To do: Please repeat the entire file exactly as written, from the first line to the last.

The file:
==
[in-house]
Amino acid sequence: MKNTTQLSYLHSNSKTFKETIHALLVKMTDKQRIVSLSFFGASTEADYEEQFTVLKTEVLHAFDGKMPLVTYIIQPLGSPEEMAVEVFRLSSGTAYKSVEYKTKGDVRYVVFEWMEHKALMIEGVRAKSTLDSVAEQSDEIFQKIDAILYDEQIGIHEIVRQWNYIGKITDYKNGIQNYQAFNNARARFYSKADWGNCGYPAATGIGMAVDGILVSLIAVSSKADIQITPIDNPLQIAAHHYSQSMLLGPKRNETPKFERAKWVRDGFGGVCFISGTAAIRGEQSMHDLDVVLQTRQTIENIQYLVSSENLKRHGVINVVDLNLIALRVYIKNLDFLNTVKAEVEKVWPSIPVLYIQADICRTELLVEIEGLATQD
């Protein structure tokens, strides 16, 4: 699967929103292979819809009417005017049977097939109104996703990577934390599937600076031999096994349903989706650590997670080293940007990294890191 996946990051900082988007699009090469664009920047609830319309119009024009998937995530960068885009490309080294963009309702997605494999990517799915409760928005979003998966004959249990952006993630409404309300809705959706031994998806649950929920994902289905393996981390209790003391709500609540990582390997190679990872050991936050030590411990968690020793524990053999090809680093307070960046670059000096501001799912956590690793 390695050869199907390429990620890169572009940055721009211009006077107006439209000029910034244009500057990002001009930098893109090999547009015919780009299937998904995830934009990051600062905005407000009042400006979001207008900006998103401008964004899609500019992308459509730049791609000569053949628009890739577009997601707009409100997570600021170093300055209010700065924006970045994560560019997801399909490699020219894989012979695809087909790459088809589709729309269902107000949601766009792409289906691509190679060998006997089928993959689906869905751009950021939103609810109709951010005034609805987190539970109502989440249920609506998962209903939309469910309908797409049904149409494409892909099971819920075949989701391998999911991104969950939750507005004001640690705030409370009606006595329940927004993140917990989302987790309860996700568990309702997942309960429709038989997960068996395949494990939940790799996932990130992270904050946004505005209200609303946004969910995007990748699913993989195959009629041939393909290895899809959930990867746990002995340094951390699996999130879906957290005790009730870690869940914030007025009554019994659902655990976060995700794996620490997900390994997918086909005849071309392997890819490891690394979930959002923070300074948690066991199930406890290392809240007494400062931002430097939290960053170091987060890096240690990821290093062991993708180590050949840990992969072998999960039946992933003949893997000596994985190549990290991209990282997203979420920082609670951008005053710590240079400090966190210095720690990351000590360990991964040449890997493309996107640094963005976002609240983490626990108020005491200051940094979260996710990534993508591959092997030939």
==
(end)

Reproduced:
[in-house]
Amino acid sequence: MKNTTQLSYLHSNSKTFKETIHALLVKMTDKQRIVSLSFFGASTEADYEEQFTVLKTEVLHAFDGKMPLVTYIIQPLGSPEEMAVEVFRLSSGTAYKSVEYKTKGDVRYVVFEWMEHKALMIEGVRAKSTLDSVAEQSDEIFQKIDAILYDEQIGIHEIVRQWNYIGKITDYKNGIQNYQAFNNARARFYSKADWGNCGYPAATGIGMAVDGILVSLIAVSSKADIQITPIDNPLQIAAHHYSQSMLLGPKRNETPKFERAKWVRDGFGGVCFISGTAAIRGEQSMHDLDVVLQTRQTIENIQYLVSSENLKRHGVINVVDLNLIALRVYIKNLDFLNTVKAEVEKVWPSIPVLYIQADICRTELLVEIEGLATQD
């Protein structure tokens, strides 16, 4: 699967929103292979819809009417005017049977097939109104996703990577934390599937600076031999096994349903989706650590997670080293940007990294890191 996946990051900082988007699009090469664009920047609830319309119009024009998937995530960068885009490309080294963009309702997605494999990517799915409760928005979003998966004959249990952006993630409404309300809705959706031994998806649950929920994902289905393996981390209790003391709500609540990582390997190679990872050991936050030590411990968690020793524990053999090809680093307070960046670059000096501001799912956590690793 390695050869199907390429990620890169572009940055721009211009006077107006439209000029910034244009500057990002001009930098893109090999547009015919780009299937998904995830934009990051600062905005407000009042400006979001207008900006998103401008964004899609500019992308459509730049791609000569053949628009890739577009997601707009409100997570600021170093300055209010700065924006970045994560560019997801399909490699020219894989012979695809087909790459088809589709729309269902107000949601766009792409289906691509190679060998006997089928993959689906869905751009950021939103609810109709951010005034609805987190539970109502989440249920609506998962209903939309469910309908797409049904149409494409892909099971819920075949989701391998999911991104969950939750507005004001640690705030409370009606006595329940927004993140917990989302987790309860996700568990309702997942309960429709038989997960068996395949494990939940790799996932990130992270904050946004505005209200609303946004969910995007990748699913993989195959009629041939393909290895899809959930990867746990002995340094951390699996999130879906957290005790009730870690869940914030007025009554019994659902655990976060995700794996620490997900390994997918086909005849071309392997890819490891690394979930959002923070300074948690066991199930406890290392809240007494400062931002430097939290960053170091987060890096240690990821290093062991993708180590050949840990992969072998999960039946992933003949893997000596994985190549990290991209990282997203979420920082609670951008005053710590240079400090966190210095720690990351000590360990991964040449890997493309996107640094963005976002609240983490626990108020005491200051940094979260996710990534993508591959092997030939």